DP13708 Discounting the Future: on Climate Change, Ambiguity Aversion and Epstein-Zin Preferences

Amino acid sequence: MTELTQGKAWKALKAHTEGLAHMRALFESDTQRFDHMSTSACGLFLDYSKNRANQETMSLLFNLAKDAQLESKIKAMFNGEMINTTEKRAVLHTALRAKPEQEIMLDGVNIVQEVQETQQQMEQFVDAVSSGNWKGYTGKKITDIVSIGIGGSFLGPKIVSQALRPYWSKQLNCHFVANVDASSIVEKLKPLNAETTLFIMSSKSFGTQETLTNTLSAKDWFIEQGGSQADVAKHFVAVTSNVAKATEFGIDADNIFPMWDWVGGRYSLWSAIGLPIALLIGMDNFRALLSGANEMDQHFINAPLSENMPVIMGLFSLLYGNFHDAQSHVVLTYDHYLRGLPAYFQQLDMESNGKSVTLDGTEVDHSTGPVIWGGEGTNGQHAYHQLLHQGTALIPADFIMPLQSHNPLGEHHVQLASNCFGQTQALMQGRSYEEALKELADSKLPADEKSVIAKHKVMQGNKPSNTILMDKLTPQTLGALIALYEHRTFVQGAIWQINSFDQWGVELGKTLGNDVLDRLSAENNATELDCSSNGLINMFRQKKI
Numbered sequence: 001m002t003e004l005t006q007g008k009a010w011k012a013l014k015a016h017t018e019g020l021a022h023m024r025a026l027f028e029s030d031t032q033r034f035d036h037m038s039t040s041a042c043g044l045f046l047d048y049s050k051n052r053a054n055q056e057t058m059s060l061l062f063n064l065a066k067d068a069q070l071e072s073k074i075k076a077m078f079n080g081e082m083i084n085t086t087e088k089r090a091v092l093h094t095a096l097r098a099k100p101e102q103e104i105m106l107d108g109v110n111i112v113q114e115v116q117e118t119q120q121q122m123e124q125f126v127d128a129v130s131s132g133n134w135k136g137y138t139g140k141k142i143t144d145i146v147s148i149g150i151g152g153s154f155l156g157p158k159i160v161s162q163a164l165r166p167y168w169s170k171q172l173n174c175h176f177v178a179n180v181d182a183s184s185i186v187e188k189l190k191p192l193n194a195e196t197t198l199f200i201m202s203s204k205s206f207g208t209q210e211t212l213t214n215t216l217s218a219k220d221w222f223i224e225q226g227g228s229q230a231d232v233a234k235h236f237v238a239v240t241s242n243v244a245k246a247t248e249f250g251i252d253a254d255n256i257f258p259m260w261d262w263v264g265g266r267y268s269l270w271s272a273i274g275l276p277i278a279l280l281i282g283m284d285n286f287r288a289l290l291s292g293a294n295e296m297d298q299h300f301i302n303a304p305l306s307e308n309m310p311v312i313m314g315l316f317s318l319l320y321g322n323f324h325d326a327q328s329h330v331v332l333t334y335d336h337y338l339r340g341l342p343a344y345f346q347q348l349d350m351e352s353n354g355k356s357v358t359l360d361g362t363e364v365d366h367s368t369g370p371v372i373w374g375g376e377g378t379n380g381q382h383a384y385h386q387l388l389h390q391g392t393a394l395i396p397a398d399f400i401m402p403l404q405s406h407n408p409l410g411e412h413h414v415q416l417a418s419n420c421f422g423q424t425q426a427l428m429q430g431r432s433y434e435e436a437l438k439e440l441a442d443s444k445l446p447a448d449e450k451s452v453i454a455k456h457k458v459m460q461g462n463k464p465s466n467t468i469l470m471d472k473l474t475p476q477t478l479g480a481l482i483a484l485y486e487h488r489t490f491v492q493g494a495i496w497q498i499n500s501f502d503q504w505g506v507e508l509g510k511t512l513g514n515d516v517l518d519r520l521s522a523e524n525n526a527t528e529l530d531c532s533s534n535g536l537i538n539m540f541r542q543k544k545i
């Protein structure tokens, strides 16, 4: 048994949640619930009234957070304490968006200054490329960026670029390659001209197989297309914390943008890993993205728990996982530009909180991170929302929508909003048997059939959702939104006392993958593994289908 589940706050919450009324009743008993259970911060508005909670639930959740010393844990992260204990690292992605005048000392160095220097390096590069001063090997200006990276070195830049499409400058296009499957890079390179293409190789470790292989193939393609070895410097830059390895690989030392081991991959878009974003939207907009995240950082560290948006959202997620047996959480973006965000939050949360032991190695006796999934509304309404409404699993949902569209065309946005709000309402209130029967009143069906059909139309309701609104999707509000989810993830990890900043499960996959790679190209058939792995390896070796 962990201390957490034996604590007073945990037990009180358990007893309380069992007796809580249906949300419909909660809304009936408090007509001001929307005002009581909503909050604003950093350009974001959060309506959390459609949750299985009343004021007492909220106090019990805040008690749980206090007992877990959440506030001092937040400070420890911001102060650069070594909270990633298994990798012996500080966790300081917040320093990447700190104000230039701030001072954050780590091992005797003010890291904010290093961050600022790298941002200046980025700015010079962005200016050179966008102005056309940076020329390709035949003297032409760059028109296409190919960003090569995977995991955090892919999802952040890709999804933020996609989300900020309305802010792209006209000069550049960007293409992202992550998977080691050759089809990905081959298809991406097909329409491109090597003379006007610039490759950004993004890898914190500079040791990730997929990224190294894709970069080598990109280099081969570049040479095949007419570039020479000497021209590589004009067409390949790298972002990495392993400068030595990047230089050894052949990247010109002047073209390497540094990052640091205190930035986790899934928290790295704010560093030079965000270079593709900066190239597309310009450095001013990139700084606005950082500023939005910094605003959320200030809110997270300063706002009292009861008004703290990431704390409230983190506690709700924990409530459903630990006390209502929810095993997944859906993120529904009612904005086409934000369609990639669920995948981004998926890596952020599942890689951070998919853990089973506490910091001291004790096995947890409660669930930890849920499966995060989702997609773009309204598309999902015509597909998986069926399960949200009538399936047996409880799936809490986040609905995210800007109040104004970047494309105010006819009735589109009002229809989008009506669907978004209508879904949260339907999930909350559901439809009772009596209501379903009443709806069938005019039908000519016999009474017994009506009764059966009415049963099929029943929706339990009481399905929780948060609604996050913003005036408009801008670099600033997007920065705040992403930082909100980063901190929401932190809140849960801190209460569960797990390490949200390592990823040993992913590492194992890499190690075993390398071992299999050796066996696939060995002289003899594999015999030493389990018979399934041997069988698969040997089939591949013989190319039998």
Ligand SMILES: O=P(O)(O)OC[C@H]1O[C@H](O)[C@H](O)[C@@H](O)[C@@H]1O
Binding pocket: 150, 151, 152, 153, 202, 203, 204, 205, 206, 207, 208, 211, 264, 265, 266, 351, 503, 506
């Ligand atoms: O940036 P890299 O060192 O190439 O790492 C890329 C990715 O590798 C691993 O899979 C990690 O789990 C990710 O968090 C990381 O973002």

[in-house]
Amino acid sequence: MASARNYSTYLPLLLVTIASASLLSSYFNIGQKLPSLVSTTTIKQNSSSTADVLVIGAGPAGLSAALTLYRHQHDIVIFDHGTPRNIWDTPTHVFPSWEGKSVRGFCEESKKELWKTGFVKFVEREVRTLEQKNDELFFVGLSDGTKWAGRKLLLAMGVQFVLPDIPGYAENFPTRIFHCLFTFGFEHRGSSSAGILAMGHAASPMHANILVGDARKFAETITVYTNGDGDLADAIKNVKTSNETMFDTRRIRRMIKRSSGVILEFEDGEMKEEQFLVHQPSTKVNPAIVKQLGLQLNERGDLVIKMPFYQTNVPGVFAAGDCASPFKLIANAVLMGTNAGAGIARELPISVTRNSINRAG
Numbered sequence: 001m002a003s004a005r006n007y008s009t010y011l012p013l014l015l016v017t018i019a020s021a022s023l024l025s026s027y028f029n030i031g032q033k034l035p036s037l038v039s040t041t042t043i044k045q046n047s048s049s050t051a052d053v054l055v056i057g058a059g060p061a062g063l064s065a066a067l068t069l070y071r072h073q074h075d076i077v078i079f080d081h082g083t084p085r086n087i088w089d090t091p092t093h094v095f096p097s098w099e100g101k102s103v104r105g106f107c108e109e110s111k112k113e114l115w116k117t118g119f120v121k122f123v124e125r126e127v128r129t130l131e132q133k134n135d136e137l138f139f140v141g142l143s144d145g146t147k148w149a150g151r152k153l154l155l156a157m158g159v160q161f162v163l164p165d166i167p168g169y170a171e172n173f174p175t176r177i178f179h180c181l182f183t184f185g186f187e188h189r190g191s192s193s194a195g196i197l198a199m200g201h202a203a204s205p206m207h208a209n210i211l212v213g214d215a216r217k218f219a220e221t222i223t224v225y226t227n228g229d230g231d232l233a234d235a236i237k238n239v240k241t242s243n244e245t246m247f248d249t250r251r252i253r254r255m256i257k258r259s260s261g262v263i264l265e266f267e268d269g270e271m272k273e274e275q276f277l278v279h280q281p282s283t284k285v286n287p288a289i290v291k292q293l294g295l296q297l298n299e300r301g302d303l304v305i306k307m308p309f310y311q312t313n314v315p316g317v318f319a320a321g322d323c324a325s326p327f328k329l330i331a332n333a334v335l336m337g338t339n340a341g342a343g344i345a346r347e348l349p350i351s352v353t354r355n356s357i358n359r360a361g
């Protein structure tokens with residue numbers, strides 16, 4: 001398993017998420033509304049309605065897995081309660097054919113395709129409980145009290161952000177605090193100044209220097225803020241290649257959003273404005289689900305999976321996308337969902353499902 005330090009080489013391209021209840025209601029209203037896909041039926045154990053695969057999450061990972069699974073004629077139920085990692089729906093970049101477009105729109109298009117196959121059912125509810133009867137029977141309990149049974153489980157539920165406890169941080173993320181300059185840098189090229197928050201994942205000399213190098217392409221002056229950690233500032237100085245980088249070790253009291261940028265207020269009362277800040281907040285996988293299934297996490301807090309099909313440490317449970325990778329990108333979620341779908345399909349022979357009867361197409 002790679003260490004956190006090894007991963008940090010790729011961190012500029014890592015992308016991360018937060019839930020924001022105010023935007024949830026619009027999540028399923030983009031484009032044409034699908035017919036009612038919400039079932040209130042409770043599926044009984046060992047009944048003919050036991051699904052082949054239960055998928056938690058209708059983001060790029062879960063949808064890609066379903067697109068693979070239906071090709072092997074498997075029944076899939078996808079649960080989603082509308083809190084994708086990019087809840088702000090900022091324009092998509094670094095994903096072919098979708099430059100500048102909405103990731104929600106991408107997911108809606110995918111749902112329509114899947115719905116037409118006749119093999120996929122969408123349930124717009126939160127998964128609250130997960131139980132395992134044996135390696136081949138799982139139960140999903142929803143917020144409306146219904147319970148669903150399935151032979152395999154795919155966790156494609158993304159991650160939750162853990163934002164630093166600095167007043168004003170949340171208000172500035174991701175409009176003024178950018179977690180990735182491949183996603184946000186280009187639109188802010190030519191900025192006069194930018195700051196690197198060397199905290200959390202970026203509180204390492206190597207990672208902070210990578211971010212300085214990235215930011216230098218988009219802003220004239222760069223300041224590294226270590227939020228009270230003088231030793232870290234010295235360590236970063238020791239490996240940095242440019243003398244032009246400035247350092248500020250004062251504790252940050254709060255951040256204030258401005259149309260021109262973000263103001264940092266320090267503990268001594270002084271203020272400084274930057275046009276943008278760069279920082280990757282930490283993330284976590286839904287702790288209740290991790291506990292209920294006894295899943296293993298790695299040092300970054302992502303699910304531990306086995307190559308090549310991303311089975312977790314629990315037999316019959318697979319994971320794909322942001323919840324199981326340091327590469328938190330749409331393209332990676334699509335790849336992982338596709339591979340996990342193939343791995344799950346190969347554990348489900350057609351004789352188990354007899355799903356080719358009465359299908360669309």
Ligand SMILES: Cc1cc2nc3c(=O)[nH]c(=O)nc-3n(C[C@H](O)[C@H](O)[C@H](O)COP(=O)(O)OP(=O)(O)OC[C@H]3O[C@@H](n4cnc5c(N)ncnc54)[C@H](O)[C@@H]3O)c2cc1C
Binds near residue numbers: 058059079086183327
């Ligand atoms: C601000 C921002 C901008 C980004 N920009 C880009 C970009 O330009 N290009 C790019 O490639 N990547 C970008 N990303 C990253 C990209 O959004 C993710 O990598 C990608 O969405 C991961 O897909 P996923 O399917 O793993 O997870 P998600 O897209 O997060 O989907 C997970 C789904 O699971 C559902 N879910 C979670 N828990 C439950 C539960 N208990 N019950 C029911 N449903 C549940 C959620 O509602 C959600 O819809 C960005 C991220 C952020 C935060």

We show that empirically strongly supported deviations from standard expected time separable utility have a major impact on estimates of the willingness to pay to avoid future climate change risk. We propose a relatively standard integrated climate/economy model but add stochastic climate disasters. The model yields closed form solutions up to solving an integral, and therefore does not suffer from the curse of dimensionality of most numerical climate/economy models. Introducing Epstein-Zin preferences with an elasticity of substitution higher than one and ambiguity aversion leads to much larger estimates of the social cost of carbon (SCC) than obtained under power utility. The dominant parameters are the risk aversion coefficient and the elasticity of intertemporal substitution. Ambiguity aversion has more complicated consequences but overall also leads to substantially higher estimates of the SCC.